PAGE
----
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From Rob Stradling <>
Subject Re: mod_ssl patch: use new OpenSSL features to autofix cert chains
Date Thu, 27 Mar 2014 16:29:26 GMT
On 26/03/14 15:29, Emilia Kasper wrote:
> Wow, thanks for all the great feedback!
> On Wed, Mar 26, 2014 at 2:47 PM, Daniel Kahn Gillmor wrote:
>     This is a pretty perverse situation, though, and perhaps the answer is
>     that CA X just shouldn't do that kind of weird/chained reissuance over
>     the key in Y.  I've also done no certificate surveys to see if this sort
>     of scenario has actually happened anywhere in the modern landscape.
> Cross-signing happens all the time but afaik the other way around, i.e.,
> an intermediate Y' corresponding to a _newer_ root cert Y is
> cross-signed by some _older_ root cert Z. So an old client would usually
> know only Z and a newer client would know Z and Y (or even Y' - some
> clients directly trust intermediates these days).

That's true in many cases, but...

Comodo gained entry into the CA marketplace by purchasing one set of 
roots (from AddTrust) that were in the Netscape trust store, and another 
set of roots (from The USERTrust Network, aka UTN) that were in the 
Microsoft trust store.  Neither set of roots were "older" or "newer".

UTN cross-certified AddTrust.  A few years later we were able to get one 
of the AddTrust roots added to the Microsoft trust store.  After that, 
it made more sense to have the cross-certification relationship the 
other way around, and so AddTrust cross-certified UTN.

(Cue various cross-certification loop bugs in Mozilla's code, but I digress)

Oh, BTW, bi-directional cross-certification also occurs in Bridge CA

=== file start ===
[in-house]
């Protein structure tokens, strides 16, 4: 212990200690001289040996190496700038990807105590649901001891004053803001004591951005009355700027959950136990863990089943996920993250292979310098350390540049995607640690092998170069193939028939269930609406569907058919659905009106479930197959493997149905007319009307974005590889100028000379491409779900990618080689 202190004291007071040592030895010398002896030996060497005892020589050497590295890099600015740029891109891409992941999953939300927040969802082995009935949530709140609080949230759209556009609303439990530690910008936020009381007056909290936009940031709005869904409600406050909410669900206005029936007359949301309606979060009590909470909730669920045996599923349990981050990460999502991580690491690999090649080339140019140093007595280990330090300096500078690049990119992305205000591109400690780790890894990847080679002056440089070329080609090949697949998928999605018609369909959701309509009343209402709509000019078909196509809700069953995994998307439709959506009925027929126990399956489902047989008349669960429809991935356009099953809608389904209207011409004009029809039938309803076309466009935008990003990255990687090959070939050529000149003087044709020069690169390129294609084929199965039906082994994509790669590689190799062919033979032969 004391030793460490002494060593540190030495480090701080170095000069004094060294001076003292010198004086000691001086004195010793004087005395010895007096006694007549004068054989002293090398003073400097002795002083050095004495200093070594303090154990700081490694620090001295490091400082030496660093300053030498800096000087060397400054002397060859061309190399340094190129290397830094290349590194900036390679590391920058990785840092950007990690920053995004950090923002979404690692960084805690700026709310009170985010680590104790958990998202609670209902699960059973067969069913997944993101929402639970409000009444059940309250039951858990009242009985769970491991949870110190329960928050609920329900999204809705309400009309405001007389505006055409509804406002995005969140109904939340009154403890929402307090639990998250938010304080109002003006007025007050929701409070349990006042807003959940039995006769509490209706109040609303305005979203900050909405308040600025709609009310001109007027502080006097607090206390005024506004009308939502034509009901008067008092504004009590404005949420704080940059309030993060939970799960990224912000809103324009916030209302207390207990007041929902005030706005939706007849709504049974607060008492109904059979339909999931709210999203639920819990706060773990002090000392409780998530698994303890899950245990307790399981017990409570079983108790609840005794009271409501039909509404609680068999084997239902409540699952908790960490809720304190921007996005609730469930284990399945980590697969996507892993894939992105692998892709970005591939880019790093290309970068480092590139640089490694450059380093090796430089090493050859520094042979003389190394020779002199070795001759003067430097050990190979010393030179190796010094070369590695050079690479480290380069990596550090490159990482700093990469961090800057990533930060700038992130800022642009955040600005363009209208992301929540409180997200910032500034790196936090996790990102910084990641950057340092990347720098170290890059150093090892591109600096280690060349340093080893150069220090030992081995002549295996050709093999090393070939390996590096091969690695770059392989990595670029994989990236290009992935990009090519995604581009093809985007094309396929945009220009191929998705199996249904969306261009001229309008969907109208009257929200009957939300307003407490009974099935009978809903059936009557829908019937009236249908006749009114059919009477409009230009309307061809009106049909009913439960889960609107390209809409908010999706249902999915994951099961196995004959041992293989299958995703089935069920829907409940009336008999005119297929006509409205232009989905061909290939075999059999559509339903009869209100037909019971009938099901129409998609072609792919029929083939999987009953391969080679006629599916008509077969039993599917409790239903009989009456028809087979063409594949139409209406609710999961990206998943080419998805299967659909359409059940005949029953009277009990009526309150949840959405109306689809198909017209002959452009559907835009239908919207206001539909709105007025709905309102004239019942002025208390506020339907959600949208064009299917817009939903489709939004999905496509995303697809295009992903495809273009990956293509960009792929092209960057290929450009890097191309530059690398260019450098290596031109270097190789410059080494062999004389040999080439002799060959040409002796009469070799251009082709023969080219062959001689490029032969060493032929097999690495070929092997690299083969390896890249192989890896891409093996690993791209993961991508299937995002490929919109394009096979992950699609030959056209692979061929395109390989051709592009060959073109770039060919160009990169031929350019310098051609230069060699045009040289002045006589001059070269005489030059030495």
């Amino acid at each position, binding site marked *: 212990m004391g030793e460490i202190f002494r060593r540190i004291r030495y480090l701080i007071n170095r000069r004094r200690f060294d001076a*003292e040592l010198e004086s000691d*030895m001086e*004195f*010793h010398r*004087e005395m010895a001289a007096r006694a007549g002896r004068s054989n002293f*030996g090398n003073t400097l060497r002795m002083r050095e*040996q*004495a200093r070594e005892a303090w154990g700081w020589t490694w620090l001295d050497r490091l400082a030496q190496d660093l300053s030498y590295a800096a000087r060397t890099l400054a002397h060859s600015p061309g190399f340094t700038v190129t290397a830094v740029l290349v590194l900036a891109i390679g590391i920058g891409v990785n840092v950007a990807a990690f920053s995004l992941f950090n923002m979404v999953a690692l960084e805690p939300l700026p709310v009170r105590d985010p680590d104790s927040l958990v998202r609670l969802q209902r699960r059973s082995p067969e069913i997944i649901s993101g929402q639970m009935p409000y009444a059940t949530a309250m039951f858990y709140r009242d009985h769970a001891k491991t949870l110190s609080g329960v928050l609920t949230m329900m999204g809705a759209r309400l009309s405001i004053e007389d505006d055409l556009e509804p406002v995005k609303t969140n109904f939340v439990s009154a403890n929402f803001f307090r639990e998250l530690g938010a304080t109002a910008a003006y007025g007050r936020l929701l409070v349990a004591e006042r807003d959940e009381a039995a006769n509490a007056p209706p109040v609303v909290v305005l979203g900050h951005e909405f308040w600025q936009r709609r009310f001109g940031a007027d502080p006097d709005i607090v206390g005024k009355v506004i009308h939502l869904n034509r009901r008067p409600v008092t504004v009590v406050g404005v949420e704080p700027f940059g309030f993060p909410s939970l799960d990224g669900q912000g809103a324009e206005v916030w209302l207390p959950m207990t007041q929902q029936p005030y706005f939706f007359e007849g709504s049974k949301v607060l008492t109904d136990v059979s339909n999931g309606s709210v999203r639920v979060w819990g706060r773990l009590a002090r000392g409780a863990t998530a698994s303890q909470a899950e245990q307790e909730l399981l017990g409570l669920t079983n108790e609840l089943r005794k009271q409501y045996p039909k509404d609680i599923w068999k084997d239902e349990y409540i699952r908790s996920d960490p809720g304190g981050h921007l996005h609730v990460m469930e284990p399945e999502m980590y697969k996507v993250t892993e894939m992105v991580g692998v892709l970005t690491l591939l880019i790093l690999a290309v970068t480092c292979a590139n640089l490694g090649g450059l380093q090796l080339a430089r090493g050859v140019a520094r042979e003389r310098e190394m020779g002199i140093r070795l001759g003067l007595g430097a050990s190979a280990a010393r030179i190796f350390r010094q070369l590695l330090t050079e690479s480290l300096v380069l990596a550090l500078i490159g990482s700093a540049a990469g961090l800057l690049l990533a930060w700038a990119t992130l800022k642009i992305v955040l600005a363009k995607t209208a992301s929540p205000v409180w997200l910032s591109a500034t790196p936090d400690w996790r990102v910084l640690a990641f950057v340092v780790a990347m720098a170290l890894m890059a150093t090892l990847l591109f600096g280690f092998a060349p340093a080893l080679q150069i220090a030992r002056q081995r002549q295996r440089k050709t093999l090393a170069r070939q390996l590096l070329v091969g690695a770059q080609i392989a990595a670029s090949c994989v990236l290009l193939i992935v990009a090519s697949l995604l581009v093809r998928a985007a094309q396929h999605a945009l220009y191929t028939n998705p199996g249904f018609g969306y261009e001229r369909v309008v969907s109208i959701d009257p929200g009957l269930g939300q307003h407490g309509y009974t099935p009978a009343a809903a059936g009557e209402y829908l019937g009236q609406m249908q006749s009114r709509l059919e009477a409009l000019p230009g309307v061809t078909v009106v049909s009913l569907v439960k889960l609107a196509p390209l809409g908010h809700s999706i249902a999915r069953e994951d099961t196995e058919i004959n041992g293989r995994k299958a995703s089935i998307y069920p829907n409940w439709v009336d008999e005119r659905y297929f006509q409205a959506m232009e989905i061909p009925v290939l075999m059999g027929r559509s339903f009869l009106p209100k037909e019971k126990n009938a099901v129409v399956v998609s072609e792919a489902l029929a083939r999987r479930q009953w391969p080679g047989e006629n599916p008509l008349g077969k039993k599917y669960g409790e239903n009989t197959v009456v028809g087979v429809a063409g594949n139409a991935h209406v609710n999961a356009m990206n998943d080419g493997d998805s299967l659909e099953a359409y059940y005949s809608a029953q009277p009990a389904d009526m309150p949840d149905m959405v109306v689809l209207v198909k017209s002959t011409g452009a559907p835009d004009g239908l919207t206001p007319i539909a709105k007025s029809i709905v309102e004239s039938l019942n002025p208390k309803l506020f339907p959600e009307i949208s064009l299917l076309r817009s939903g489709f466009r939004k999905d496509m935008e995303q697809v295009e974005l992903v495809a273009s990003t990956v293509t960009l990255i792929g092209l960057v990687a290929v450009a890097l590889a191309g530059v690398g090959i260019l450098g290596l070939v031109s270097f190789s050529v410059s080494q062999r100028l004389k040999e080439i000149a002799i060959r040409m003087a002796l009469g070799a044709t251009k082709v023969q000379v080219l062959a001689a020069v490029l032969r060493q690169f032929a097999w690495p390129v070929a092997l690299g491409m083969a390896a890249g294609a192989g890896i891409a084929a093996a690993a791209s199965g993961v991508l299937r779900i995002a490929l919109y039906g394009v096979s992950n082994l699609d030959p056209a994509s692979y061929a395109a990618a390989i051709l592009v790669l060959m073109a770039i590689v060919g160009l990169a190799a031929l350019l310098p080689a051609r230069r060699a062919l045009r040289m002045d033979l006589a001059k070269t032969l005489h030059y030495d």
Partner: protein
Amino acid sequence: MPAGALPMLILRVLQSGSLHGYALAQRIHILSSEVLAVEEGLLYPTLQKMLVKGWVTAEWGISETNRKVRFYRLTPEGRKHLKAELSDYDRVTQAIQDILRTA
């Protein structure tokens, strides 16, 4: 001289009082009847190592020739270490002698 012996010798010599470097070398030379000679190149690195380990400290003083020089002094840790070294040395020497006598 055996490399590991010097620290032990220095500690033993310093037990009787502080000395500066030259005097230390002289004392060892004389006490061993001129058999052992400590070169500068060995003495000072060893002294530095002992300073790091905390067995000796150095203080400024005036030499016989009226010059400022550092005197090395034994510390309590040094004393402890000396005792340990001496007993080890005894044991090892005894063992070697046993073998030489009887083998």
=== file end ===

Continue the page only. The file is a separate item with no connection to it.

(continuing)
scenarios such as the Federal PKI.

>     CT might be a good place to gather this information from -- are there
>     plans to ensure that all intermediate CAs are logged publicly?
> No current plans for CT to require logging intermediates. But actually,
> if we go the autocorrect route then we should just implement AIA
> fetching. Modern certs should have a CA Issuers field in the
> AuthorityInformationAccess extension in them that the chain builder
> could follow recursively. I've now looked a bit more at the mod_ssl code
> and it's a bit of work but maybe not all that different from doing OCSP,
> really?

So, we arrived at the point where "AddTrust External CA Root" became our 
primary root certificate, but we still needed to involve UTN in the cert 
chain in order to be trusted by old Windows platforms (i.e. Windows 
2000, and XP boxes that have Automatic Root Update disabled).

Noting that Windows clients do AIA fetching, we started including a 
carefully constructed pair of AIA->caIssuers URLs in many of the 
intermediate certs we issue and still use today.

CA Issuers - URI:
CA Issuers - URI:

Most platforms trust "AddTrust External CA Root", so they don't chase 
either of these AIA URLs.
Old Windows boxes download the first URL (a PKCS#7 "certs only" bundle 
containing the self-signed "AddTrust External CA Root" root and a 
cross-cert issued to it by one of the UTN roots), and are able to build 
a chain up to AddTrust, or failing that, UTN.
Even older Windows boxes don't support PKCS#7 AIA caIssuers URLs, so 
they then download the second URL and build a chain up to UTN.

A correctly configured TLS server that uses one of our certs will send a 
cert chain terminating with "AddTrust External CA Root".

I do _not_ want mod_ssl to "autocorrect" this by following the AIA 
URL(s) and deciding to also send the cross-certificate issued by UTN.

Rob Stradling
Senior Research & Development Scientist
COMODO - Creating Trust Online

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